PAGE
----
Jeep Wrangler Sahara: First Drive
A lot of purists were waiting for this one. In fact a very dear friend of mine had been pestering me on a weekly basis about the arrival of the iconic Jeep products. So when I told him that I had managed to get my hands on a Wrangler, it was pretty much like a wet dream coming true for the guy. Now Jeep has a barrage of models which it has brought to India. While the 2-door Wrangler Sport boasts a massive 3.6 litre Pentastar V6, the one we have here is the more apt for our market, Wrangler Unlimited Sahara. While a big V6 engine and small insides are a big no-no, a long wheelbase, lots of legroom and diesel mated to an automatic transmission sounds just right. So how does the big Jeep go about its business here in Indian conditions? Let’s find out…
The Germans aren’t uniquely capable of tastefully refining an iconic shape redesign after redesign, decade after decade. The current Wrangler isn’t a cartoonish “retro” reinterpretation of a classic vehicle from the distant past. Like a Porsche 911, it’s a special purpose iconic vehicle that has undergone an uninterrupted evolution over the years. Unchanged since the 2007 redesign, the exterior retains an unmistakable resemblance to the original Jeep. Form relentlessly follows function. The Sahara’s chunky five-spoke 17-inch alloys, look fantastic even though it’s a very simple design. Unlike with some supposed off-road vehicles, you’ll find no mere rim protectors here.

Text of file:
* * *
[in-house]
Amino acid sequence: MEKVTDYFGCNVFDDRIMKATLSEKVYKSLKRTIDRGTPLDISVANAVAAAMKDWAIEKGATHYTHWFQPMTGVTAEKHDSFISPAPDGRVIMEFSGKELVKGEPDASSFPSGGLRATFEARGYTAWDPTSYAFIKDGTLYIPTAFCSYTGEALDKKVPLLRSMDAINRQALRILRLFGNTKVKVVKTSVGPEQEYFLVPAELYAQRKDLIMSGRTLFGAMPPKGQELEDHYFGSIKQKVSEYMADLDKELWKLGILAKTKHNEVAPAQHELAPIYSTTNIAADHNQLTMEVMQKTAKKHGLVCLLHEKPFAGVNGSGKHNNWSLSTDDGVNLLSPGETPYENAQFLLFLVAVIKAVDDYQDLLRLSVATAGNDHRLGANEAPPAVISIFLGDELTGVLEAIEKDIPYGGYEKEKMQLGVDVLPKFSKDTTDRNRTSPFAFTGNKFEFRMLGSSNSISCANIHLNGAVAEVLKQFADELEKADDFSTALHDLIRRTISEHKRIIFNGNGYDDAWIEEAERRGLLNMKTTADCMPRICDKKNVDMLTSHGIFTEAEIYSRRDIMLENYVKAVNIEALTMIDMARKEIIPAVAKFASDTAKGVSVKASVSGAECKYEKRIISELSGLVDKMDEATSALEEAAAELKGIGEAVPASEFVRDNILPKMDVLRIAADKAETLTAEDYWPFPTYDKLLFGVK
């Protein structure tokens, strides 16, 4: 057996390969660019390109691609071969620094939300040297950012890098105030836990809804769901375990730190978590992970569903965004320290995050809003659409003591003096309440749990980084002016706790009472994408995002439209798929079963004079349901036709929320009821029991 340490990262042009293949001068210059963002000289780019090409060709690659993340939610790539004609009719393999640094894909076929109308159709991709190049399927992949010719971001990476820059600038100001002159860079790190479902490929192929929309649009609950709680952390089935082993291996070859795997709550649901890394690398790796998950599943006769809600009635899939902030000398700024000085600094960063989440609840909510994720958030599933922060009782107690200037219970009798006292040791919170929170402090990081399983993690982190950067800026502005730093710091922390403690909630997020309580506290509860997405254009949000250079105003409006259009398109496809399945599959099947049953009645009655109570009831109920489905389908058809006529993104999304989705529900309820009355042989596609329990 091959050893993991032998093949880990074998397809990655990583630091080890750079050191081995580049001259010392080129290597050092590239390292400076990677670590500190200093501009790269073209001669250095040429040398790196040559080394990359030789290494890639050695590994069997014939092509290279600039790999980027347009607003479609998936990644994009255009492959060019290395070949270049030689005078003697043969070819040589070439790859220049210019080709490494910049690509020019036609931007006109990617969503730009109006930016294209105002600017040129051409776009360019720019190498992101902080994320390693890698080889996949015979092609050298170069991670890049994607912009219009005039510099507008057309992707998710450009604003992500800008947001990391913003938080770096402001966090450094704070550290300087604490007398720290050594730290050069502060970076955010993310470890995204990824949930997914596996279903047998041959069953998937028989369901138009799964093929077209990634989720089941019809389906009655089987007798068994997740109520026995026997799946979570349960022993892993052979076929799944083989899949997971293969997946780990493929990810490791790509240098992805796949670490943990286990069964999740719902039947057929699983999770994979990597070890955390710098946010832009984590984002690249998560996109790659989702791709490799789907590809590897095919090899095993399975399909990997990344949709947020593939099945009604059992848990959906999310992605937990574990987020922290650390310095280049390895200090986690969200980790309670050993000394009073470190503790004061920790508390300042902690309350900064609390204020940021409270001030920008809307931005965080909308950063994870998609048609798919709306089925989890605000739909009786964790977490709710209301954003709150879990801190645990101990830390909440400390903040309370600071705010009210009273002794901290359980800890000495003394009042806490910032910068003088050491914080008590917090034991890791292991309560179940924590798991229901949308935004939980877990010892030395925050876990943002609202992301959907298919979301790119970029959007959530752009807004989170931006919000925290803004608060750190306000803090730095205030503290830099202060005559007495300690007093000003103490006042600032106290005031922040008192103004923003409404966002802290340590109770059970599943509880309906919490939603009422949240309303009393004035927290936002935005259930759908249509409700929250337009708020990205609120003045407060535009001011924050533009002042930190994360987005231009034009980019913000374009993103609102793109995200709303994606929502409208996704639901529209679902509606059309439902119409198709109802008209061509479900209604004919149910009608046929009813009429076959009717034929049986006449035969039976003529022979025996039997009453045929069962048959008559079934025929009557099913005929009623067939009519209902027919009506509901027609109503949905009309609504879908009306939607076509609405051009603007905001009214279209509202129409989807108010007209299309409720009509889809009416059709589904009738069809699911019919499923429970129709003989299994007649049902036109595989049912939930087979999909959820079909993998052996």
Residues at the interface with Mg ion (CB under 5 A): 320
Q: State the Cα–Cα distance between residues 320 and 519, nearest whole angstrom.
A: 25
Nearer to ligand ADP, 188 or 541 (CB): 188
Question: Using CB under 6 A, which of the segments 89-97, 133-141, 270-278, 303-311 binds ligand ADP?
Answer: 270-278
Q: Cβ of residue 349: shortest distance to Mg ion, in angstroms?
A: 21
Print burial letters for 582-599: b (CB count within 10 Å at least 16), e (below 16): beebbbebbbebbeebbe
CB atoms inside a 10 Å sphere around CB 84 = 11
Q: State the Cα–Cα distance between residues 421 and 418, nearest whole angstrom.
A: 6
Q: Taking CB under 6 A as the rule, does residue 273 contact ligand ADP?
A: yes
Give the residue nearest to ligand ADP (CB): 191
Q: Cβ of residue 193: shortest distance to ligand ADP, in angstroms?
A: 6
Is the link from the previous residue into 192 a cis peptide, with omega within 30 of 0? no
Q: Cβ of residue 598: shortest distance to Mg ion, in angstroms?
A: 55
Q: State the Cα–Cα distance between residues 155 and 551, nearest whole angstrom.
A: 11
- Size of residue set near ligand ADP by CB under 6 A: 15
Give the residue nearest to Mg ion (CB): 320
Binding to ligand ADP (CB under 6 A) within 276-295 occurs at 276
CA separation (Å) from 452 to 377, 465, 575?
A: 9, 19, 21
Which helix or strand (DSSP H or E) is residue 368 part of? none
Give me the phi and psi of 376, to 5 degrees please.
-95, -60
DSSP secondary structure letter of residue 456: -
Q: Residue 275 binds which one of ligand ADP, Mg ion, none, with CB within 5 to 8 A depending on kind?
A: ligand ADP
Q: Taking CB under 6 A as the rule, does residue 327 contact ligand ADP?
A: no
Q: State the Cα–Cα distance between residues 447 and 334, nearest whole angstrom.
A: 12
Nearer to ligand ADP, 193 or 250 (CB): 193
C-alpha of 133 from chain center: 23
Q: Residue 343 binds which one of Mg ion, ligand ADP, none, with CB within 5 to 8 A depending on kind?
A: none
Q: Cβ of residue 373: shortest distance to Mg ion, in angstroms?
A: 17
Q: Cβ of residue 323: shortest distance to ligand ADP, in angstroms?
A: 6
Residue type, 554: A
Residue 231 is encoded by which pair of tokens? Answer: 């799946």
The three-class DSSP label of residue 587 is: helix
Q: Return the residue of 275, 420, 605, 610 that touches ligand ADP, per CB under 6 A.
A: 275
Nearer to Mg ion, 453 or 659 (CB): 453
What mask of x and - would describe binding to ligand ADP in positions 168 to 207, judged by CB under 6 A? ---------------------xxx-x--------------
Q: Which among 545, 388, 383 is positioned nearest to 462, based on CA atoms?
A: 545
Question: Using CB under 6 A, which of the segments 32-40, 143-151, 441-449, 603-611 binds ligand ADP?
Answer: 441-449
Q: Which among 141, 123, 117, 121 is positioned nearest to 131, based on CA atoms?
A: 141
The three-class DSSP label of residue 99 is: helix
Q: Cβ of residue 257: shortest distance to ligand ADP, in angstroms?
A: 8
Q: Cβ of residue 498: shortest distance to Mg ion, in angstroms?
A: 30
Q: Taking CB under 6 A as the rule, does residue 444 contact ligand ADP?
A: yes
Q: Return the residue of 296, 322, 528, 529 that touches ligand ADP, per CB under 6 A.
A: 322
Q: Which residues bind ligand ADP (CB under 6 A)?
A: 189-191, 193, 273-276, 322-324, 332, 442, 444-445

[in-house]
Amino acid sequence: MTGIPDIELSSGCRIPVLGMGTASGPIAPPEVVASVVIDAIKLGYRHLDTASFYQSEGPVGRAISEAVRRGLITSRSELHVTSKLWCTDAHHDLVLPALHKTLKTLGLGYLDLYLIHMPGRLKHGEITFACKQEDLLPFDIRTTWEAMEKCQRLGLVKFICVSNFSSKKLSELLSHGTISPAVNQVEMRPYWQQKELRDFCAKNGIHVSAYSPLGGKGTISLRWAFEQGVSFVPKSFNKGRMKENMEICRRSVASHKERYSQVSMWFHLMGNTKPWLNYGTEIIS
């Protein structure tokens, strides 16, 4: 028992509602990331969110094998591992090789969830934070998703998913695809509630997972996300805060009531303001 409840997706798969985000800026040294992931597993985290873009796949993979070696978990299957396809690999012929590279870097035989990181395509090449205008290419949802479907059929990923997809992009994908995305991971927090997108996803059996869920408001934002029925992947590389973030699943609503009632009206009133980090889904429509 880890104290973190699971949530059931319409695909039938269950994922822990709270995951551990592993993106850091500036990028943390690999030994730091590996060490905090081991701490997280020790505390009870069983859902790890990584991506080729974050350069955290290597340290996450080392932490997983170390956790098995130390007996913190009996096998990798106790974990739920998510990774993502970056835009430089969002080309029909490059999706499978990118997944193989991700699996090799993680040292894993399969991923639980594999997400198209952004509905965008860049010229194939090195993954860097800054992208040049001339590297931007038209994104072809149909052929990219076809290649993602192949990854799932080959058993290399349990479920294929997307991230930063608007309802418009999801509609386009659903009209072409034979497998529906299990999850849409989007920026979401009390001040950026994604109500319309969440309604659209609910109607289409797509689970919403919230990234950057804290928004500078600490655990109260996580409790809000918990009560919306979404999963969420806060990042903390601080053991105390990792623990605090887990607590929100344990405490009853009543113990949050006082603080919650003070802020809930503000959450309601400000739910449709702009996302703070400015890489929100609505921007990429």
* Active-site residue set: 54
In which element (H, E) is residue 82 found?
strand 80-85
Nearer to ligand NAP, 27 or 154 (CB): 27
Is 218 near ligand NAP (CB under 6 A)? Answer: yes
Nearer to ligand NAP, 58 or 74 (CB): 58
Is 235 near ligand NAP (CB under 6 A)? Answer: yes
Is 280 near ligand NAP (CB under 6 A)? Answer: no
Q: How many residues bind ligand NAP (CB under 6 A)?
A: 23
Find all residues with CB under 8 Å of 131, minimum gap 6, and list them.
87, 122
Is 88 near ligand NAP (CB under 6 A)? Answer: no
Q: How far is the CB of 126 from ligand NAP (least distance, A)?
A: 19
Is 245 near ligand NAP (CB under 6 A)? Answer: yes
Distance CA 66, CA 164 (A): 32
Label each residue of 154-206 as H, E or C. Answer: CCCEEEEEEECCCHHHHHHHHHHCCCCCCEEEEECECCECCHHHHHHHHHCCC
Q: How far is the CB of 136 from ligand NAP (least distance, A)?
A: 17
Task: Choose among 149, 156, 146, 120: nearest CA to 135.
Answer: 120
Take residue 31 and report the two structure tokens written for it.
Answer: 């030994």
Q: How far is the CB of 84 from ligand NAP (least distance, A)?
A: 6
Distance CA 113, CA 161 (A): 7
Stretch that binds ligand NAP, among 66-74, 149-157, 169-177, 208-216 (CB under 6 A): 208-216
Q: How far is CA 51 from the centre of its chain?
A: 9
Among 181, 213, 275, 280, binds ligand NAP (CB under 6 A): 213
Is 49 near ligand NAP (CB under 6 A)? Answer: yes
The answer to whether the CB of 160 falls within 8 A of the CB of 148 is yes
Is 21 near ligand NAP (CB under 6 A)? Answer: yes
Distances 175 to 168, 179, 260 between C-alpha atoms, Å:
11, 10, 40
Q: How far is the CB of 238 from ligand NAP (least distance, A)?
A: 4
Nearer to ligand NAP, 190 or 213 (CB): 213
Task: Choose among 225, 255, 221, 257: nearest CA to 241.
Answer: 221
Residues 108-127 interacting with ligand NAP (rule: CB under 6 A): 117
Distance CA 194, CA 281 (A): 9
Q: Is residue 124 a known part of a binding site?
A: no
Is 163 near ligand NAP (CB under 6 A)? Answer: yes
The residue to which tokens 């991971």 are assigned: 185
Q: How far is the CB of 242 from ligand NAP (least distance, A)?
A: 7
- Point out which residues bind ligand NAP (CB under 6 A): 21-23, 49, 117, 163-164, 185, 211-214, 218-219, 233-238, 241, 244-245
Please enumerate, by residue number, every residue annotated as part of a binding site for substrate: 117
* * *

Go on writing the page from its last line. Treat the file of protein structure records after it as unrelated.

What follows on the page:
There’s no “DUB Edition.” Given the 2007’s increased width, the four-door actually has better proportions than the two-door. While on the whole it might not be as attractive as a Freelander or a Q3, it’s the details that set the Wrangler apart. There are the classically rugged hood latches, high impact fender flares and rugged bumpers that enhance the formidable look while the Wrangler's round halogen headlamps still hold true to its original design, flanking its equally iconic seven-slot grille for that genuine Jeep brand expression. Now this might seem like a hardtop, but unscrew a few allen screws, yank out all four doors (will take a little effort though) and you have the perfect Dune buggy. Even the windshield can folded and rested on the bonnet like a typical jeep. Versatility at its best. All said and done, the Jeep might not be a beauty, but no one with any appreciation for design (as opposed to “styling”) can fail to find it attractive.